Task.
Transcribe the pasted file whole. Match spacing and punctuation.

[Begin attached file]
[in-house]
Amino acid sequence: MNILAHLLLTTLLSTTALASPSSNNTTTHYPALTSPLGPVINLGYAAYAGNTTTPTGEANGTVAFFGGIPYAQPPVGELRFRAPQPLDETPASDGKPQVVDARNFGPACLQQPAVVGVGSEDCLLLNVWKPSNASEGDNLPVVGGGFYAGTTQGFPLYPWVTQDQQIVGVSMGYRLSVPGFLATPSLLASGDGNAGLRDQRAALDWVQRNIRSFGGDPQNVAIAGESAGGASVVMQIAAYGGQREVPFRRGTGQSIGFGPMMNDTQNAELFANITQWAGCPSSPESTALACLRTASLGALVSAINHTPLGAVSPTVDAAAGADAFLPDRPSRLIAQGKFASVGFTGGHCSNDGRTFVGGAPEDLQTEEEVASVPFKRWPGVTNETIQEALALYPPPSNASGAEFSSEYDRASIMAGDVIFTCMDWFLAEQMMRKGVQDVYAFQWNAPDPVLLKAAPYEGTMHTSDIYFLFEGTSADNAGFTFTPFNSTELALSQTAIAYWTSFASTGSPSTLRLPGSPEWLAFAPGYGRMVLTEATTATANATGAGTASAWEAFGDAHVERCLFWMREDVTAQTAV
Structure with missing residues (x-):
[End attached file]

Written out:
[in-house]
Amino acid sequence: MNILAHLLLTTLLSTTALASPSSNNTTTHYPALTSPLGPVINLGYAAYAGNTTTPTGEANGTVAFFGGIPYAQPPVGELRFRAPQPLDETPASDGKPQVVDARNFGPACLQQPAVVGVGSEDCLLLNVWKPSNASEGDNLPVVGGGFYAGTTQGFPLYPWVTQDQQIVGVSMGYRLSVPGFLATPSLLASGDGNAGLRDQRAALDWVQRNIRSFGGDPQNVAIAGESAGGASVVMQIAAYGGQREVPFRRGTGQSIGFGPMMNDTQNAELFANITQWAGCPSSPESTALACLRTASLGALVSAINHTPLGAVSPTVDAAAGADAFLPDRPSRLIAQGKFASVGFTGGHCSNDGRTFVGGAPEDLQTEEEVASVPFKRWPGVTNETIQEALALYPPPSNASGAEFSSEYDRASIMAGDVIFTCMDWFLAEQMMRKGVQDVYAFQWNAPDPVLLKAAPYEGTMHTSDIYFLFEGTSADNAGFTFTPFNSTELALSQTAIAYWTSFASTGSPSTLRLPGSPEWLAFAPGYGRMVLTEATTATANATGAGTASAWEAFGDAHVERCLFWMREDVTAQTAV
Structure with missing residues (x-):